People loved him not because he was white, or Irish. Americans loved him because he was like them - all of them - and he represented a hope. He had been crushed and humiliated by life, yet he did not quit. He literally fought his way back. One of the most telling moments in the book, described beautifully by the author, was when Braddock walked into the pubic relief office. He had the amount that he had been given in cash in his pocket, and he wished to pay it back.

While this book is a pleasure for the mainstream reader, hard-core fight fans will have nothing to complain about either. His descriptions of the fights of Braddock's career make it plain the author knows his boxing as well. As an unexpected bonus, Schaap has portraits of many other fighters that entered Braddock's sphere; among them Primo Carnera, Max Bear and the great light-heavy, Tommy Laughran.

This book is a long-needed and wonderful portrait of a champion, as well as an important addition to boxing literature.
9 von 9 Kunden fanden die folgende Rezension hilfreich
Admiring tribute to a great comeback fighter 9. Januar 2006
Von Joseph Haschka - Veröffentlicht auf
Format: Gebundene Ausgabe Verifizierter Kauf
James J. Braddock wasn't a great Heavyweight Champ; he lost the title in his first defense bout after he'd won it. But his is, perhaps, the greatest comeback story of 20th century pugilism. The CINDERELLA MAN had heart.

Author Jeremy Schaap's book begins with the commencement of Braddock's comeback in June 1934 with his victory over "Corn" Griffin. Jim's last previous fight had been nine months earlier, at the end of which, with a right hand that had been repeatedly broken and numerous defeats under his belt, he was thought to be washed up. To the point of the Griffin match-up, he was barely able to feed his family with odd jobs on the New York and New Jersey docks and welfare help; it was the Depression, and Braddock's fortunes were at their rock bottom. Then, Schaap regresses in time to the period 1926-33 when Jim fought as a light heavyweight, almost winning that title in 1929. The author alternates the early Braddock saga with the same for the 1929-1934 career of Max Baer, who won the heavyweight title from Primo Canera, also in June 1934, thus setting up the confrontation that established Jim's fame and won him the heavyweight crown, the Braddock-Baer bout in June 1935.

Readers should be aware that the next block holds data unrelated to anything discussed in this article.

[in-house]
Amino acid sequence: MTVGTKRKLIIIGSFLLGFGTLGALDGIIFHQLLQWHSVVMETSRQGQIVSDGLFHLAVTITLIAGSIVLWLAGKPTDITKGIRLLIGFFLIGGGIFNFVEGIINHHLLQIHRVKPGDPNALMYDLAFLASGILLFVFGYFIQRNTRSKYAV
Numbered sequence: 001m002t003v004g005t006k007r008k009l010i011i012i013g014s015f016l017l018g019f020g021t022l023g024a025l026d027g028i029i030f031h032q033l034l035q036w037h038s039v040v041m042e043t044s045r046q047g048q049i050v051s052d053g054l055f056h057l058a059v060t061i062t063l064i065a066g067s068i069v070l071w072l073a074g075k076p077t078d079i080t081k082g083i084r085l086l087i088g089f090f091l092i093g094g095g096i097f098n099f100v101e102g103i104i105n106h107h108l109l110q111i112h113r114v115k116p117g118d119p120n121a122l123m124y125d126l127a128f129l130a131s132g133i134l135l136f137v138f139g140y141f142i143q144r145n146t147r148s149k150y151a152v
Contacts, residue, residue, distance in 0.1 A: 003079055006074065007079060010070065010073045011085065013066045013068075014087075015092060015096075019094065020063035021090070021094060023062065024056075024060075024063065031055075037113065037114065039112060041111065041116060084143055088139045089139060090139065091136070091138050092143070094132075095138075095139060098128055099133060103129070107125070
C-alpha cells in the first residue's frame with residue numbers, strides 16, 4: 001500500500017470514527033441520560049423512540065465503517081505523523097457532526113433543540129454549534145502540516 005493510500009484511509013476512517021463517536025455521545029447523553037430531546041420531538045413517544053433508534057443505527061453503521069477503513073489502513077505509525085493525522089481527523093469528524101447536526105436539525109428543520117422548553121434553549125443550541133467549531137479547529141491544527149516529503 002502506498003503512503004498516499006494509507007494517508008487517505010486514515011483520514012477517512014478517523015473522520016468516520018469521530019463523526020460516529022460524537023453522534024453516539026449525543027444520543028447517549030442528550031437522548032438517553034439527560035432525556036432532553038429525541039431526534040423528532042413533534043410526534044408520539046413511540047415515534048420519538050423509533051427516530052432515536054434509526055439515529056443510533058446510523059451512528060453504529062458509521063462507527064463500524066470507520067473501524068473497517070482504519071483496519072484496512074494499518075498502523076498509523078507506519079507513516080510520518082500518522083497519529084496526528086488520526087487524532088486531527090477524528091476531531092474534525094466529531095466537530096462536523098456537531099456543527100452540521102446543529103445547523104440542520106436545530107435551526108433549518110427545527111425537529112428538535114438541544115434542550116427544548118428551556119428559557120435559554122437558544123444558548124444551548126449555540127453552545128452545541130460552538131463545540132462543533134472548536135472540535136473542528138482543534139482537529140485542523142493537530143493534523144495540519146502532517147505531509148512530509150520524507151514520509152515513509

Schaap's summaries of Braddock's eighty-three fights and Baer's forty-seven prior to their epic battle are, almost by necessity in a volume of only 276 pages, spotty in detail, yet are sufficient to establish the two fighters' characters. There is an adequate section of photographs, as well as the complete ring records of both Braddock and Baer and a complete listing of all the heavyweight division champs since John L. Sullivan. (Who is Hasim Rahman, champ in 2001, for Pete's sake?!)